Coloured posts along the roads mark 6 different routes. The colour as well as the length of the trip is noted on the map. Bicycle rentals are available in Ribe as well as on Mandø. Bicycling to Mandø along Låningsvejen is not recommended. A bicycle ticket must be purchased for the Mandø bus.
1. We have chosen to describe the longest route (black, 10 km.), that starts in Mandø town and goes all the way around the island. Cars are a rarity and the sea dike perimeter keeps you in the lee. Most of the route is paved, and the trip takes between 1 and 2 hours depending on stops along the way.
2. Before you start, you ought to “climb” the tallest dune right beside the storm surge column. Looking southwest, you will have a view of Denmark’s largest desert, the sandbank Koresand, which is situated above the medium high tide and traversed by intersecting tidal channels. Rømø is seen to the south and Fanø to the northwest. The trip starts in Mandø town in the north and past Mandø Mill (10). Just past, turn left at the sandy wheel tracks that will take you up and across the town dike. A little ways along this dike you will find the
3. Ribe ramp, which is a paved road running through the old town dike that was built in 1887. The ramp will be closed off with planks and sandbags in case of a storm surge. North of the town dike, you will find the farm smallholdings from the 1950es. They were damaged during the storm surge in 1981 when the water destroyed both the sea and the town dike. Continue alongside the sea dike while going north, and within a few minutes we have “The Big Channel” on the right. The channel runs across the island, and, until 1938, when the sea dike was built, divided the northern part, Old Mandø, from the southern part.
4. In the north-eastern corner of the island you will find Skællebankerampen, a name derived from the word shells (skaller). When standing on the dike at the low tide and looking a few kilometers in an easterly direction, you can see large banks of the common mussel. Towards the northeast, in the direction of the windturbines in Tjæreborg (on the mainland) you will see, on a clear day and only during the low tide, a huge seal bank with up to hundreds of seals during the breeding season. The seals cannot be disturbed since until August the seal pups must gain up to a kilo per day during the first few weeks of their lives if they are to make it through the winter. Close to Skællebankerampen lies the island’s most northern clay pit, where, during the breeding seasons, you will see brooding eiders, great black-backed gulls and other birds.
Continuing along, it is a good idea to stop and walk up on the sea dike by the crossing to the mainland. The foreland here is still growing towards the east, and during the breeding season you will see oyster catchers, piet avocets, terns, and a huge colony of black-headed gulls. The birds have learned that it pays to seek the fenced in area, the higher lying foreland. The fence provides protection against the sheep that will always climb into a higher lying area during the high tide, and in so doing, step on or lie on eggs and nestlings.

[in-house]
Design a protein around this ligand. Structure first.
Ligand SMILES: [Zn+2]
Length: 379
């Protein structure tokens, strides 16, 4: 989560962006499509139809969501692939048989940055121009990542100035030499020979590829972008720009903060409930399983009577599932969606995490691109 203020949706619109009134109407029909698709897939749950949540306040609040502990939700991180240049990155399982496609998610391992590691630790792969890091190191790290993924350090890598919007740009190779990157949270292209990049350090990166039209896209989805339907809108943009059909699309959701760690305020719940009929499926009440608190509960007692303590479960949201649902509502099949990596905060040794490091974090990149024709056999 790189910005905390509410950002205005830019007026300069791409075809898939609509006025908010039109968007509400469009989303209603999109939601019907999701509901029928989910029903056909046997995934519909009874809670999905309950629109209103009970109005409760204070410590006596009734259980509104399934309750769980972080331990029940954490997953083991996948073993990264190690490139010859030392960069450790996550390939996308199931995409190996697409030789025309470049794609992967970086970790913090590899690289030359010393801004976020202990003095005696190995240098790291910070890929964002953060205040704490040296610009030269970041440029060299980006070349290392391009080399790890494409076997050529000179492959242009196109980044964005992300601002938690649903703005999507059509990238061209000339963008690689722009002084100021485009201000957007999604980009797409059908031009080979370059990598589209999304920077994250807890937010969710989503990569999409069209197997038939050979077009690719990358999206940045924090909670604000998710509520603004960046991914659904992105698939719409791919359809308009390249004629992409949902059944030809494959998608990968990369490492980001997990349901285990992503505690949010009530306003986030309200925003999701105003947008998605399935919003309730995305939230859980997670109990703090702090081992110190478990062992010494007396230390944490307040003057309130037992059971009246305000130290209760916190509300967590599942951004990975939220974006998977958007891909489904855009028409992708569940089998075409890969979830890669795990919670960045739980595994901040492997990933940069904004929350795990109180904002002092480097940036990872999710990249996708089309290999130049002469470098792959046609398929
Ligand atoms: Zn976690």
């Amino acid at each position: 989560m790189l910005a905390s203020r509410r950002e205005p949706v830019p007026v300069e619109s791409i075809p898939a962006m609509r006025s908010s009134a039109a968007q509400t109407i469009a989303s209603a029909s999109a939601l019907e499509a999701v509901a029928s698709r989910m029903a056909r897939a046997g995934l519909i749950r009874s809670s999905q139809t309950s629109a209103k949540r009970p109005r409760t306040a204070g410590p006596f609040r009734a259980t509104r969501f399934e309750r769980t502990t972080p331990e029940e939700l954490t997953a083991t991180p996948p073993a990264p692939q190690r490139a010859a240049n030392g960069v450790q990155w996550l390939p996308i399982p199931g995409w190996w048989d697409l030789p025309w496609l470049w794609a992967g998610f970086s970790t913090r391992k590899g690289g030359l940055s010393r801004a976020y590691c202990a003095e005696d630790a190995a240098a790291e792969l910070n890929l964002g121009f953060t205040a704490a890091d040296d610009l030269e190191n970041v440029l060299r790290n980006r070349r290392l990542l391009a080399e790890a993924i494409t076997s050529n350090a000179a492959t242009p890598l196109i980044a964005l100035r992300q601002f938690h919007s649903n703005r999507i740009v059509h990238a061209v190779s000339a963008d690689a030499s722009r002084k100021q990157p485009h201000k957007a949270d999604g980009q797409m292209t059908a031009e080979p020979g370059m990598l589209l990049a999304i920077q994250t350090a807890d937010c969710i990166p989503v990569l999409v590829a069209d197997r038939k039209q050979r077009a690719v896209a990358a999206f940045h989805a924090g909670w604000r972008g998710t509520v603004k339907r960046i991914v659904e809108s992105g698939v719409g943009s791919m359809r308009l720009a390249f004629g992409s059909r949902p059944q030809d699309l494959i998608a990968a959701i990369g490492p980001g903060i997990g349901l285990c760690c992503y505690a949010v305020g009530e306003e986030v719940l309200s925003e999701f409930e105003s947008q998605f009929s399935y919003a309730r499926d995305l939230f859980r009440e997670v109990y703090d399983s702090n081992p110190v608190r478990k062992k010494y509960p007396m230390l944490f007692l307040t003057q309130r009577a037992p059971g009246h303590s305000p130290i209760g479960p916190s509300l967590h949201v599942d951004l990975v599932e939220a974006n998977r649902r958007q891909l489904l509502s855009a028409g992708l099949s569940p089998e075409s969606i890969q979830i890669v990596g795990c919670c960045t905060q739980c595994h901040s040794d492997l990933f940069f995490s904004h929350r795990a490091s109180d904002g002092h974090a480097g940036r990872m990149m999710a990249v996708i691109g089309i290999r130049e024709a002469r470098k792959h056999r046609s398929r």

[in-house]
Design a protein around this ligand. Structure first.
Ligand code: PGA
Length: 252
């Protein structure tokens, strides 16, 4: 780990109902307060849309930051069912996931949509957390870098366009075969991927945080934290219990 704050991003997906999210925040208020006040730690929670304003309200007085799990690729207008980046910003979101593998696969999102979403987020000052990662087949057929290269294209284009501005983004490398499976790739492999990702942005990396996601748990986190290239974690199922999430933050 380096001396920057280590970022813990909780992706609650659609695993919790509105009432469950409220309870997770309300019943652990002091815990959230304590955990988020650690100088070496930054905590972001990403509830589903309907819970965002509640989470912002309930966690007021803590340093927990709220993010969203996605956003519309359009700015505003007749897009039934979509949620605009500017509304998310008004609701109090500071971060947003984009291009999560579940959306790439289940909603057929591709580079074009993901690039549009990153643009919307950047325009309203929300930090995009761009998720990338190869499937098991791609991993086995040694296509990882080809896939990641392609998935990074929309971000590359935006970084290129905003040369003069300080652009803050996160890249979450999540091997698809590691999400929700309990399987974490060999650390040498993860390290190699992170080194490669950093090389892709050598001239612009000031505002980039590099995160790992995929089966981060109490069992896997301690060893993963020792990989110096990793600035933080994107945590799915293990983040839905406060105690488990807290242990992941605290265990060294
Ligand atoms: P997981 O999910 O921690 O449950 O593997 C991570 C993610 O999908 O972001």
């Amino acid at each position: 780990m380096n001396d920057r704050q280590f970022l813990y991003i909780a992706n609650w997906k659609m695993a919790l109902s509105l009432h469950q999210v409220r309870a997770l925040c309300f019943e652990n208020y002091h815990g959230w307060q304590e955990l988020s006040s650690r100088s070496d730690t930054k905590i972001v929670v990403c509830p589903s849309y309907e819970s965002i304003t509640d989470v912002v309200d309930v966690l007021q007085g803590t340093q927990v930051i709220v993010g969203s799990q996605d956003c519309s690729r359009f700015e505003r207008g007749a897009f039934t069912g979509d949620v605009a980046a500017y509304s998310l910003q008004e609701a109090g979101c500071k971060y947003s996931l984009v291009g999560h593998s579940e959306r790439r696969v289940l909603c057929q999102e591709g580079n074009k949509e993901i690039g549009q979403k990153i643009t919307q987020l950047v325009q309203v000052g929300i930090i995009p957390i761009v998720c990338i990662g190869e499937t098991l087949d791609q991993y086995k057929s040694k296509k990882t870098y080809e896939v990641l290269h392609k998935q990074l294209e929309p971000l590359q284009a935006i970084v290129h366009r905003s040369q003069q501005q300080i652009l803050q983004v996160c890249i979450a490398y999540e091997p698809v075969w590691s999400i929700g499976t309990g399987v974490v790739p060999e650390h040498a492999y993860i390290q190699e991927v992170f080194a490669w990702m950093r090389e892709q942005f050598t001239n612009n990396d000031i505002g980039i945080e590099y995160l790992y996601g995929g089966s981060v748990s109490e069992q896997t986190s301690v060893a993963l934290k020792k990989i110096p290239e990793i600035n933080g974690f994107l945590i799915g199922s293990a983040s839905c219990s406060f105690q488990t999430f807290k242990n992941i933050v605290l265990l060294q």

5. At the lock, the drain water goes into the sea, and now The Big Channel (see point 3), has reached around to the east side of Mandø. The lock is semi-automatic, thus the high tide closes the gates. From the sea dike, looking in the direction of Vester Vedsted church on the mainland, you will note, but only at the low tide, a smaller seal bank with 5 to 12 seals fairly close by.
Østerdyb, situated opposite the lock, is the old tidal channel used for sailing into Ribe, and at the low tide, you can see the waddens on the mainland side. At the lock, huge numbers of oyster-catchers, Brent geese and eiders often congregate. Going from point 5 to 7, you will see a few round expansions of the water gully behind the dike. These emerged where the dike did not hold during the 1981 storm surge. A water level of 4.11 metres on the inside of the dike, most of the island flooded and hundreds of drowned sheep, made the 1981 storm surge one of the worst in the newer history of Mandø. Just before the town dike, and using the yellow route, you can make a little trip to.
6. Mandø’s "weele" is a term used in several areas along the Wadden Sea coast to denote storm flood holes. That is to say, the dike was built around a hole made by the storm surge in 1923. The grain in the fields had not yet been harvested, so the winterfeed and crops were totally destroyed. The saline seawater stayed in the soil and ruined cultivation for many years. During the breeding season one should move carefully around the hole since many eiders nest here just as the marsh harrier often makes its nest in the tall reeds.
7. Here the sea dike meets the town dike again.
8. Continue to Sønderrampe where there is an exit to the sandbank Koresand that today comprise an area of 30 km2, yet still growing. From here, during the migrating season, it is possible to see large concentrations of migratory birds on the edge of Kanes Lunde - the channel that flows into the North Sea.
9. After a short stretch on gravel road, you return to Mandø town, where you drive past Mandø church which is surrounded by a low wall. The church, in its current form, was built in 1727. The reindeer antlers on the interior south wall were found in the sea west of Mandø and are estimated to be 10,000 years old. The area south of the church is used as a landing ground for helicopters when immediate help from the mainland is a must.
Panorama cycle route